I was billed over $8,000 for a simple divorce that was never granted. I was asked to produce the same documents repeatedly; when I questioned this I was instructed to, "play nice." I was billed every time the request was made, when documents were read by her secretary and reviewed by the attorney, for the copies and the postage to send to all parties - including ME. I asked that copies not be made and sent to me as I had the originals but was told it would be "unethical" to not. She also sat SILENTLY throughout an hour long 'conference' during which my spouse's atty verbally attacked me. She later explained that she did so as "...everyone knows he's psycho" and she didn't wish to engage him...There is more and correspondence regarding the requests. I want to know my options, if any.
Ethics / Professional Responsibility Lawyer
The first step I would take, in your situation is to discuss your bill with the lawyer and see if she can reduce your bill for the requests that were made more than once and any time involved in those requests. To me, that seems the place where you would have the best chance of a deduction. Whether she will grant you one, of course, is up to your lawyer.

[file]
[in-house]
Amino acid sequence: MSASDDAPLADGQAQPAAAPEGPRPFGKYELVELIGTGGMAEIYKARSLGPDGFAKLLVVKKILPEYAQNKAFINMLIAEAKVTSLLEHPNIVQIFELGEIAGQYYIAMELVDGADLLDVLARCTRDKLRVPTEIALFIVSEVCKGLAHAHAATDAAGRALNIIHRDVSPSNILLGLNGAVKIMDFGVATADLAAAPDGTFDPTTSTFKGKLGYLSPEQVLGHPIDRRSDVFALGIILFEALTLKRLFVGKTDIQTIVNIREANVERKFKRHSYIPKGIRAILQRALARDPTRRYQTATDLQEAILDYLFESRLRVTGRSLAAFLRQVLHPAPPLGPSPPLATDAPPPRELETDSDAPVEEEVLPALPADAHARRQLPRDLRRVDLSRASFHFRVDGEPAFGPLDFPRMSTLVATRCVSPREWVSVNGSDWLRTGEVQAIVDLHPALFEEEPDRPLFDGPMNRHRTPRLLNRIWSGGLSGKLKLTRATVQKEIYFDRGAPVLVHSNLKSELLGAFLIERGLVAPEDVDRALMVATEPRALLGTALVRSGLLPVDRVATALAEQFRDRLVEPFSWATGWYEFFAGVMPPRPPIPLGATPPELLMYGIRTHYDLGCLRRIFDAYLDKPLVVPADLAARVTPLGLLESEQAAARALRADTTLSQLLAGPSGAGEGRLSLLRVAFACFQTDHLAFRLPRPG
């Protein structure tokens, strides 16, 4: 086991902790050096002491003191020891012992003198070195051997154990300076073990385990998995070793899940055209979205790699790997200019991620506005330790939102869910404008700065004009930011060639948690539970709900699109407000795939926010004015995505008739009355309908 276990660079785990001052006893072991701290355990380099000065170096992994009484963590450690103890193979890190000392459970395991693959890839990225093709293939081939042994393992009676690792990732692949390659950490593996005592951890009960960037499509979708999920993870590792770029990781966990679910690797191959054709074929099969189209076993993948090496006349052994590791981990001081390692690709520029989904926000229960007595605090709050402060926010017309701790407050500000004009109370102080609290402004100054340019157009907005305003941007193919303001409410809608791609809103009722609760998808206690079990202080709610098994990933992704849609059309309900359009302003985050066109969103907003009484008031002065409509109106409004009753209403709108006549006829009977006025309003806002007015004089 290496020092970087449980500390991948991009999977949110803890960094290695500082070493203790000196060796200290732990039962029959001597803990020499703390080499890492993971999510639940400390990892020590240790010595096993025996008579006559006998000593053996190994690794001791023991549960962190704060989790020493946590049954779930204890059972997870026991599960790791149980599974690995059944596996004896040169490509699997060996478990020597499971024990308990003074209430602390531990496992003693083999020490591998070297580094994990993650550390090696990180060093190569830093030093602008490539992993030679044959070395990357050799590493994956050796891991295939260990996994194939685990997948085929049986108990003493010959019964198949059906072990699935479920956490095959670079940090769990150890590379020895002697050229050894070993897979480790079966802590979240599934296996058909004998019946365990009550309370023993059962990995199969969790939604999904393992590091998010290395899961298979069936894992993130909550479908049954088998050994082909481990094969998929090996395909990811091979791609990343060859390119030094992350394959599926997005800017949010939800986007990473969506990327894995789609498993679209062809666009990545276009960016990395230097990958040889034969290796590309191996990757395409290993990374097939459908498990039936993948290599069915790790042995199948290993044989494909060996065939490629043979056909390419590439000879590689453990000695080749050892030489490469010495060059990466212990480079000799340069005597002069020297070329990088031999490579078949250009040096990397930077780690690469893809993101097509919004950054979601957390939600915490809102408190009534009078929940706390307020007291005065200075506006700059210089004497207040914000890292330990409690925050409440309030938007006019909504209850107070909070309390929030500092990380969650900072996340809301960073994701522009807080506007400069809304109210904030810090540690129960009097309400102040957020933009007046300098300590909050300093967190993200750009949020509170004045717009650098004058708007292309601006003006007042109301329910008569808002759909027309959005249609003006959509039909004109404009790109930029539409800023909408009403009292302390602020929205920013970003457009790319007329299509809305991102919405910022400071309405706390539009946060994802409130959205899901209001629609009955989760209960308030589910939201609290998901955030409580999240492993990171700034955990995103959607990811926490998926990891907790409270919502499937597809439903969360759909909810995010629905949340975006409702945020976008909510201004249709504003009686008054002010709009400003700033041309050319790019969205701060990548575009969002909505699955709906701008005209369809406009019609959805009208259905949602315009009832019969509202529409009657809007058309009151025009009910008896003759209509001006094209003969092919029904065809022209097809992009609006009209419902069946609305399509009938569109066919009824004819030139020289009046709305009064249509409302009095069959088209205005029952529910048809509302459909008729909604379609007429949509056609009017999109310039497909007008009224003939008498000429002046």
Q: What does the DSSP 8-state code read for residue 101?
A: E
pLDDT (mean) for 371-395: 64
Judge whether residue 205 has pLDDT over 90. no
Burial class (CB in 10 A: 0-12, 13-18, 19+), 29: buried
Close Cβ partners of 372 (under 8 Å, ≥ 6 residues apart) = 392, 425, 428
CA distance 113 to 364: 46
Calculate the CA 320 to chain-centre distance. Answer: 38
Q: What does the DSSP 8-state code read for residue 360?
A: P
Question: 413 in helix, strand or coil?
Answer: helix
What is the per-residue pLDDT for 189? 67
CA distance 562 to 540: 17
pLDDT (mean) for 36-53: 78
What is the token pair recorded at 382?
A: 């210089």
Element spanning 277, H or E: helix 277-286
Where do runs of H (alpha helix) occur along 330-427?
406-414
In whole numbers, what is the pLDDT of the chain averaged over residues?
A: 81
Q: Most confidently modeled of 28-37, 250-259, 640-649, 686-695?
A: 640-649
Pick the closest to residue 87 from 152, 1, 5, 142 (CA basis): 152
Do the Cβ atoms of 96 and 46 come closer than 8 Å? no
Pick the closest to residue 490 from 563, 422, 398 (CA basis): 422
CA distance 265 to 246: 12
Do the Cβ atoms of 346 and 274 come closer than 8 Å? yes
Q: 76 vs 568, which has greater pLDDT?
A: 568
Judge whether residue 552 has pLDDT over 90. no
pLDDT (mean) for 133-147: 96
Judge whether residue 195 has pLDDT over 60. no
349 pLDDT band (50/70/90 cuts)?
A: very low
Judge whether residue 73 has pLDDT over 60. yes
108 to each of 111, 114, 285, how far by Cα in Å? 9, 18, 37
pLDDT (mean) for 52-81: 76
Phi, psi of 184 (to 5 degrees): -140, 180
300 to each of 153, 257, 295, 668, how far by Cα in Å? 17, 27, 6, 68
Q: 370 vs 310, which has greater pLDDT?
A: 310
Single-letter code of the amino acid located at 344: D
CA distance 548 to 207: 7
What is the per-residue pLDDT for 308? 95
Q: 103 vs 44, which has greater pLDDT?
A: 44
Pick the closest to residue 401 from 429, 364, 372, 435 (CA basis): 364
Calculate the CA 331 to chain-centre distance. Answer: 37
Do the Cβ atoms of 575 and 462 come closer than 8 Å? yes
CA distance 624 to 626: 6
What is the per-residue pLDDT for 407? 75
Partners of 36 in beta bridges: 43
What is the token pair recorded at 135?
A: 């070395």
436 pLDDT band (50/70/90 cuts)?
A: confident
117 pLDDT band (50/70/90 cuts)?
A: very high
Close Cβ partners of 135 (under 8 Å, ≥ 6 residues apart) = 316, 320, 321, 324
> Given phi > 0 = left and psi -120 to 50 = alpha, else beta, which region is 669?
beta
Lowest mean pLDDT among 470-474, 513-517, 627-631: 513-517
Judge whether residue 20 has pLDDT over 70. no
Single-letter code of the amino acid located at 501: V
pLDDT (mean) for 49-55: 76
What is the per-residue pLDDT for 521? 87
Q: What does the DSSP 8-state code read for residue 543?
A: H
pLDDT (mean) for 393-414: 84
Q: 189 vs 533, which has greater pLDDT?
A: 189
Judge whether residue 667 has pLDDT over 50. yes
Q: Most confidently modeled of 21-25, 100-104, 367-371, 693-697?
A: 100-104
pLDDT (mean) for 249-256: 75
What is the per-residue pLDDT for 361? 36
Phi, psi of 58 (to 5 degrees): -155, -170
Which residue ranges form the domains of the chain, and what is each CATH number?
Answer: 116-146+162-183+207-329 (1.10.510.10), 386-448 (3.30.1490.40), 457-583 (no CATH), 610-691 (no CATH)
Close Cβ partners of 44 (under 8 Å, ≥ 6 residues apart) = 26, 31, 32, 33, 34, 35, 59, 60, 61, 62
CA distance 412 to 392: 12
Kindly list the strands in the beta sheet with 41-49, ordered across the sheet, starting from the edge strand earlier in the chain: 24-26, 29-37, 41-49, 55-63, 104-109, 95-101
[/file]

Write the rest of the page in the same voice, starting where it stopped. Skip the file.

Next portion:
As far as your lawyer's choice to sit silently, that will likely be considered her tactics, for which whatever fee she charged during the time she sat there would be appropriate. She was still there and your dislike in how she handled the situation comes down to a personality disagreement more than a fee issue. Sometimes, lawyers and clients disagree as to how something was (or should be) handled.
Review your fee agreement as to postage and copies. Such things are normally charged in a family law case, and the explanation as to why you were sent copies would be acceptable to me.
In the end, if you believe that the fees were inappropriate, would be to file a fee dispute. I would start by checking to see if the county in which your lawyer is located has a bar association which provides a fee arbitration option. But keep in mind, a fee dispute is normally only successful when the lawyer overcharged in an obvious and extreme fashion.
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